Friday, 28 August 2015
How’s it work? Physics!
Kids file into the room and wonder what this thing in the middle of their desk is. I demonstrate how it works by walking around — kids observe that the camera follows me. We Q&A’d our way through how it worked. Best questions: Does Swivl track me or the necklace? (the necklace) What tech does Swivl use to track the necklace? (IR light transmitted from the necklace picked up by the receiver on the base) Can the IR transmitter I’m wearing around my neck work through the fabric of my shirt pocket? (yes) What does Swivl do if I walk out of range? (kinda just sits there, confused)
This little 10 minute diversion was awesome. I’m gonna borrow the Swivl for my other two classes. Let’s see if I can capture some of that magic for the other kids I teach.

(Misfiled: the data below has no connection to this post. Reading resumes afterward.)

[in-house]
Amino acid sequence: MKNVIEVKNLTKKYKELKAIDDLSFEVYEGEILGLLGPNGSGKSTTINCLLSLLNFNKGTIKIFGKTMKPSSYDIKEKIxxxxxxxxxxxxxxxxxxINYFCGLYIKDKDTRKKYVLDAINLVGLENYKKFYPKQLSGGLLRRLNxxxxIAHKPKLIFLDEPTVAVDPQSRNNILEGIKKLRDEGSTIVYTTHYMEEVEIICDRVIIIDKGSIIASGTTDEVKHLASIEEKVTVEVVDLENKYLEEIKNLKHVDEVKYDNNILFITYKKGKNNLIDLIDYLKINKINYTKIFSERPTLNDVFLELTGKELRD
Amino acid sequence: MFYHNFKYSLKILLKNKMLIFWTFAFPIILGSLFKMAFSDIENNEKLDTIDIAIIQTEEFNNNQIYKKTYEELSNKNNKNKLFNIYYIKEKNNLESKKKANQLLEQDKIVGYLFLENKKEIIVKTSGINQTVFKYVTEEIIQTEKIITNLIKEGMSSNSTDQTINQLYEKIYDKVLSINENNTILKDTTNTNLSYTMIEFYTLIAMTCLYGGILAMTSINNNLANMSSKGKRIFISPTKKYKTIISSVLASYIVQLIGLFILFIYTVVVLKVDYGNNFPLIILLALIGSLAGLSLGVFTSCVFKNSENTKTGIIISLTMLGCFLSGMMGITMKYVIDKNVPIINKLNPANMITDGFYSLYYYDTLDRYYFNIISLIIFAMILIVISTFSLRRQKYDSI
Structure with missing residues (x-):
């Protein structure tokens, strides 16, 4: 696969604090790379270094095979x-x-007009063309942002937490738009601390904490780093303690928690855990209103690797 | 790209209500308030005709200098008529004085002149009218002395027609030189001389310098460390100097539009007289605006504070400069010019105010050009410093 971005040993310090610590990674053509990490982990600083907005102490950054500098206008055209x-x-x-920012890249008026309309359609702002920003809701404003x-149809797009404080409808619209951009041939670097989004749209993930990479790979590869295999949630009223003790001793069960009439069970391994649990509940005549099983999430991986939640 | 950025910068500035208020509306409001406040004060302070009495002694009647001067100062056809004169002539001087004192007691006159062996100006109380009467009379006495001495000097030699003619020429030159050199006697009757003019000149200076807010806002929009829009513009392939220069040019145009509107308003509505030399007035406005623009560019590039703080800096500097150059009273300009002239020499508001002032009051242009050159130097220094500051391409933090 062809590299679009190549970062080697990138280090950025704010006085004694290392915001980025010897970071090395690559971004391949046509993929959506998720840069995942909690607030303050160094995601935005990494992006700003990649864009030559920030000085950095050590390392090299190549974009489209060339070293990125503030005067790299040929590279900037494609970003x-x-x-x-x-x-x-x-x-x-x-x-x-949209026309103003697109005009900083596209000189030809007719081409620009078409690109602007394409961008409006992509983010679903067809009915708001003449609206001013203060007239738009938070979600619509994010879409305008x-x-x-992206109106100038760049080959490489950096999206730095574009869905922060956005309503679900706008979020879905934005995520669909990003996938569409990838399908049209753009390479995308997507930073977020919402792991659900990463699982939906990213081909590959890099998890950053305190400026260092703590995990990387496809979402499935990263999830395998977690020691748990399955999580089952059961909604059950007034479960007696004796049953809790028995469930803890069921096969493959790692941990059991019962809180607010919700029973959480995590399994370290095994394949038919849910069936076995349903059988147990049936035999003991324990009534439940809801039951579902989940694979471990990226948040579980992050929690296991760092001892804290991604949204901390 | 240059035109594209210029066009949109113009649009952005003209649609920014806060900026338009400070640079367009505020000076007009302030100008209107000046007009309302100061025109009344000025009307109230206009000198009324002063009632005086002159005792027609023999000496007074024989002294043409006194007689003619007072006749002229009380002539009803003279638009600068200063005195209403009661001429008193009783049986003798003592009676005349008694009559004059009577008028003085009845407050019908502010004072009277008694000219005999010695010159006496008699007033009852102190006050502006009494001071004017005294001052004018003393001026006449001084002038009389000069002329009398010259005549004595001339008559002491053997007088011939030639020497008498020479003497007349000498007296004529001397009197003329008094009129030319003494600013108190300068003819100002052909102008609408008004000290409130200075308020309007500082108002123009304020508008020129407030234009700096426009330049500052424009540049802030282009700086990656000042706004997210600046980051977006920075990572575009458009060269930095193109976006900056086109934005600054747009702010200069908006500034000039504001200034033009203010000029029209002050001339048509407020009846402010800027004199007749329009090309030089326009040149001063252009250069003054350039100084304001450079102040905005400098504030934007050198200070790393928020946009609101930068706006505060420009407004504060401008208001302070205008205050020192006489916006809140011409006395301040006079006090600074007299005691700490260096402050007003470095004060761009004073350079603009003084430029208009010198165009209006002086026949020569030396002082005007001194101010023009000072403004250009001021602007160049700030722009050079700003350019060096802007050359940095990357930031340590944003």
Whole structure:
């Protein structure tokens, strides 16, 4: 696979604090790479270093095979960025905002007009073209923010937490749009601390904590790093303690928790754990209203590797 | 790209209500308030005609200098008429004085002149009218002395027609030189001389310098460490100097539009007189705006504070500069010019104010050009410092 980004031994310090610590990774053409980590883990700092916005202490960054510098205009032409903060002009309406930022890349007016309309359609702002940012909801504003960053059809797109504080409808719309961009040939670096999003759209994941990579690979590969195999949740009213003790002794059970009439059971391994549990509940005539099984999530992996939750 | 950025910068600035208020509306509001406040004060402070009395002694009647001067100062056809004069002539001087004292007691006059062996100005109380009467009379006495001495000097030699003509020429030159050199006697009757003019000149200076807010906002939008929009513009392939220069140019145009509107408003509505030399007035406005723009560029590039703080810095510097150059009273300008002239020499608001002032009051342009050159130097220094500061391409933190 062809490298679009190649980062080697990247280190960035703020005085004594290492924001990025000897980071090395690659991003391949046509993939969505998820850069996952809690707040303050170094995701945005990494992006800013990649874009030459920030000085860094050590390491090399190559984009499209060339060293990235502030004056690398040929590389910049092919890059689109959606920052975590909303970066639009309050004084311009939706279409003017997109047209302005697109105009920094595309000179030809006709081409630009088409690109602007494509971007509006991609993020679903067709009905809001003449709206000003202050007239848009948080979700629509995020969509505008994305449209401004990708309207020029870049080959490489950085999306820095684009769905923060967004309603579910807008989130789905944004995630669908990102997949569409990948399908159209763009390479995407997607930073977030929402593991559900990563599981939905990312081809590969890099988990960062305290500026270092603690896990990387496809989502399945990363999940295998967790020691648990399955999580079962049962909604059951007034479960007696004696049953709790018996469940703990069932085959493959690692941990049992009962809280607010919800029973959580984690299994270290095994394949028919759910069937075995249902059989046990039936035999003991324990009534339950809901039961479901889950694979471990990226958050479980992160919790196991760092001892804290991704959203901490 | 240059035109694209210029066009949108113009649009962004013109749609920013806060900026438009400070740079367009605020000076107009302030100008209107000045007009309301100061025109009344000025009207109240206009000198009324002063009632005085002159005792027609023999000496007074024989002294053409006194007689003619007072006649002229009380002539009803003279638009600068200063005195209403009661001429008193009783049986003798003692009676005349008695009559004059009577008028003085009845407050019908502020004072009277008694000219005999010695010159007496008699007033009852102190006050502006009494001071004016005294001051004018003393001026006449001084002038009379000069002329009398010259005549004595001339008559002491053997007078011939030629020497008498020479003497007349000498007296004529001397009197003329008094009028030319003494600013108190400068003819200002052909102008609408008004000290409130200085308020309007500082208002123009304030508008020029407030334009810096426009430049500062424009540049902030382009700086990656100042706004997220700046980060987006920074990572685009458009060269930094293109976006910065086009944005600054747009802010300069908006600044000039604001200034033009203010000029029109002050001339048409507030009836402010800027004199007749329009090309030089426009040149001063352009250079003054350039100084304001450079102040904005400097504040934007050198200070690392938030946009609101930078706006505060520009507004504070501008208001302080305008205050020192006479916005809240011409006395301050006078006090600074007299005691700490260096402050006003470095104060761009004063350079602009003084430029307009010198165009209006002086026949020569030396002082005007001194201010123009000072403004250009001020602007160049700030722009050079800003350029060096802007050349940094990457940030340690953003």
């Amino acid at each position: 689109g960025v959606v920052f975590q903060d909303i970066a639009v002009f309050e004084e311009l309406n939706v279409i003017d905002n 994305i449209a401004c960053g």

Reviewing Game Film
My school films teachers for coaching and the Swivl is a test unit to see if it does what we need. First off, Swivl worked great — audio and video are beautiful. However, my Dean of Faculty noticed a big problem in the way we use teacher video that may rule it out: we like to look at what all the kids are doing throughout class. Since Swivl follows me around, some kids are out of the frame at some times. I’m not convinced we need anything but a wide angle view of the entire room plus a mic on the teacher.
Not a flaw with Swivl, just an incompatibility in the way we use teaching video.
The IR receiver will only track you if it can see the IR transmitter on your necklace. Turning your back or moving too quickly will break that line of sight. I’d recommend the Swivl folks make the IR receiver cover a wider viewing angle. We played before class with a prism in front of the IR receiver and it improved the field of view a whole bunch.
Also, I want Swivl to move less. If I’m still in the frame, don’t move the camera. Constant adjusting if I move by a few inches makes the video difficult to watch.